Gun Safety For Kids

If kids are in a home with firearms, it’s essential that the guns are kept locked-up and unloaded. The ammunition should be kept in a separate location. Even if the firearms are safety out of a children's reach, it’s important to educate them on gun safety and the consequences that they bring. According to the Centers for Disease Control and Prevention’s National Center for Health Statistics, three children die every day due to non-homicide firearm accidents. The overall gun-related death rate among children in the United States, 15 years of age and under, is nearly twelve times higher than twenty-five other industrialized countries combined.

More than one-third of homes with children have at least one firearm. The risks associated with owning a firearm are high, making it increasingly important to stress the importance of gun safety to children. Parents and educators are encouraged to educate children and teens about the various aspects of gun use and safety. The National Rifle Association (NRA) teaches children what to do when they come across a gun at home, school, at a friends house, or any other place they may be at the time. This includes stopping, not touching the gun, leaving the area quickly, and telling an adult. Here you will find gun safety information and educational materials.

Gun Safety for Young Kids

Parents and educators play a key role in teaching safe practices that are responsible for the child’s behavior and safety. Even parents who do not own guns need to teach their child about following gun safety rules. While there is no set time to talk to your child about gun safety, it’s good to introduce the difference between toy guns and real guns when they begin to show an interest in firearms. This may be when they see their favorite cartoon character with a gun on television or when they are playing with pretend or fake guns at home. Show your child the difference between a false gun and a real one while demonstrating to them how to properly handle a gun. It’s important to teach young children to completely avoid guns and simply “walk away” and don’t touch guns that they may see or come in contact with.

Gun Safety for Older Kids

Many children become fascinated with guns, especially as they become older. It’s important to set ground rules when teaching older children to handle guns, and when not to. Before you allow your child to look at or handle a gun, it’s essential that they know what to do when there is a gun in sight and there is no adult around. There should also be strict rules stating that the child is not allowed to look at or handle the guns when a parent is not present. Before teaching or allowing a child to handle a gun, they should be able to explain all the basic rules of gun handling to you. It may also be beneficial to schedule shooting range trips to help further explain gun safety and to show how to safely load, unload, and use a gun. When a child is shooting a gun for safety practice, be sure not to use live ammunition.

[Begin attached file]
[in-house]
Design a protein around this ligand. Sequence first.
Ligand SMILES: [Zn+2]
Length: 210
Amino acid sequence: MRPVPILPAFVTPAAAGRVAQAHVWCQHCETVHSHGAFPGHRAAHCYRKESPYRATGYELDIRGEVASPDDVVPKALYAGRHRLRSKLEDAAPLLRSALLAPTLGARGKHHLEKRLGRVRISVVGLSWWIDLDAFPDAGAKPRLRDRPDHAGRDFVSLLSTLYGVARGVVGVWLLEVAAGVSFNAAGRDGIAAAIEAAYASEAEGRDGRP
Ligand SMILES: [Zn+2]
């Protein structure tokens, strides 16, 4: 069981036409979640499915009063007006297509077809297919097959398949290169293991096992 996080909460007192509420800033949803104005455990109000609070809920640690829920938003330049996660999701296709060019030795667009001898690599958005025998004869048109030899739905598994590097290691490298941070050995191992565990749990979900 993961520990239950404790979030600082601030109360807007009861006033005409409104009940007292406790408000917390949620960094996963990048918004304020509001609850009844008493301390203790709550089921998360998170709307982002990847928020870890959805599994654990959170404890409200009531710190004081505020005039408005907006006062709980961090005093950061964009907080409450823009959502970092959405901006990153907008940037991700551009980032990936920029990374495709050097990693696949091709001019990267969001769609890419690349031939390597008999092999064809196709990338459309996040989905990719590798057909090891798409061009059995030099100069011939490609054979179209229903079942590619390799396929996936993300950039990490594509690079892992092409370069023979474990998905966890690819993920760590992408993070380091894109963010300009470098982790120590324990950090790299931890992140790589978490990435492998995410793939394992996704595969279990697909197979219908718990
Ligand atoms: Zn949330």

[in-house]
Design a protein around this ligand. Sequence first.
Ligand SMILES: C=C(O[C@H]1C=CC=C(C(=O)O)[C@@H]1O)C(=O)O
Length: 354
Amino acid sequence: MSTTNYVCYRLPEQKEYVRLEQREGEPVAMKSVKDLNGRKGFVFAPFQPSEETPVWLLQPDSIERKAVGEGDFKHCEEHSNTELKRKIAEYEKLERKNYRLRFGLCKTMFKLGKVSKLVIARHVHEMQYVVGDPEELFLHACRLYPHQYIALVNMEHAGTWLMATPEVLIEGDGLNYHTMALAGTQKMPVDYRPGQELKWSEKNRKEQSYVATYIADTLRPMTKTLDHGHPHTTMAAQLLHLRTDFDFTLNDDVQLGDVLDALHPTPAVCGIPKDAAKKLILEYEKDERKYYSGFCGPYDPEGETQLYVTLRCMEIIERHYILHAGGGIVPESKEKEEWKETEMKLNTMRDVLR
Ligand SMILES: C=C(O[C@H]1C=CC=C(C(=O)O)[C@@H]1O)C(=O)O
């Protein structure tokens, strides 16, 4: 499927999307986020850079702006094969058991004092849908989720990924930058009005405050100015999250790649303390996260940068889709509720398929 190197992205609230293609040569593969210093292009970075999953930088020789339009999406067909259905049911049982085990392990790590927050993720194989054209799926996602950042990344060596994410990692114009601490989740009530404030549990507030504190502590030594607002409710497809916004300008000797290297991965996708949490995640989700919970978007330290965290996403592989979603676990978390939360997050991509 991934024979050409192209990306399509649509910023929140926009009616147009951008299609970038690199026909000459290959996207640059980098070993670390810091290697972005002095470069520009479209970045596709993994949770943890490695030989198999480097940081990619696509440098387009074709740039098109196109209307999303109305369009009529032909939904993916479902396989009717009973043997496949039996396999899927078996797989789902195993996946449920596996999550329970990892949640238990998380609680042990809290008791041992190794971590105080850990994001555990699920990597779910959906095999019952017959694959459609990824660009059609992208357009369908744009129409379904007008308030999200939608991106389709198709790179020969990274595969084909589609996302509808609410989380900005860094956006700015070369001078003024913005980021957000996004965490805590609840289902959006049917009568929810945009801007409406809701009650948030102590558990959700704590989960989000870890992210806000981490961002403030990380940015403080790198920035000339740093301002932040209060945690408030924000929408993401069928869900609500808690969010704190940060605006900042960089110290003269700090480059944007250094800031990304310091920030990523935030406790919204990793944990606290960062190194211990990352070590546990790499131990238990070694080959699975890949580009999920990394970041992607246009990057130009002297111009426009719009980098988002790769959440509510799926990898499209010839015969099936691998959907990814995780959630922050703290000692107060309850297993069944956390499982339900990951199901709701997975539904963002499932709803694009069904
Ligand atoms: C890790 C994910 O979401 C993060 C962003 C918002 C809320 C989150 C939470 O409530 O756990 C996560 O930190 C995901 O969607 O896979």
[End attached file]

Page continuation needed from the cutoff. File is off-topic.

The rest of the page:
Educational Materials

Educators have the opportunity to teach children of all ages the importance of gun safety in the classroom. In school, children can participate in gun safety activities, get answers to questions that they may have on various types of hand guns and rifles, as well as learn safety rules associated with firearms. Repetition is very important while teaching children. Teaching children about gun safety at home and in the classroom will help get the message through about the fundamentals of gun safety. The following materials can be used by educators to help teach gun safety in the classroom.

Which of the following is NOT one of the "Three Ws" that should be included in every hunting plan?

What firearm you are hunting with.
Who you are with.
When you are returning.
Where you are going.


What technique can be described as "slow, patient movement of the hunter into shooting position after game has been located"?

Stand Hunting
Still Hunting


Which species is there federal hunting laws for?

Wood Duck
Ring-knecked pheasant
Snowshoe hare
White-tailed Deer


Which field carry provides the most firearm control?



Which choice is NOT recommended when approaching downed wildlife?

Approach quietly from behind.
Poke animal gently with a stick.
Touch the eye gently, if there's no reaction, animal is usually dead.
Shoot it again before approaching to make sure it is dead.


What is the technique known as "driving"?

One hunter sitting in a blind waiting for game to come along.
One hunter moving slowly and patiently into shooting position after game has been located.
One or more pushers walk through an area trying to move game ahead of them into areas wehre blockers are waiting.
One hunter driving a vehicle and a second hunter in the back set shooting through the open window.


Scouting an area you want to hunt should include:

Walk around the area on opening day with your firearm or bow.
Walk around the area looking for animal movements and signs.
Look at maps and aerial photos of the area.
Answers B and C.


Which of the following is NOT a reason why you should develop a hunting plan for every hunt?

So friends and family know how to contact you in case of emergency.
So you can use your hunting plan to start a fire if you get lost.
So fellow hunters know where you are located.
So friends and family know where you can be found in case of a hunting accident.


Which of these items should be on every checklist included in your hunting plan?

Hunting license


Which of these does NOT violate a hunting safety rule?

Carrying a loaded firearm in a vehicle.
Keeping your finger on the trigger while stalking game.
Two hunters shooting at the same game.
Identifying what lies beyond an identified target.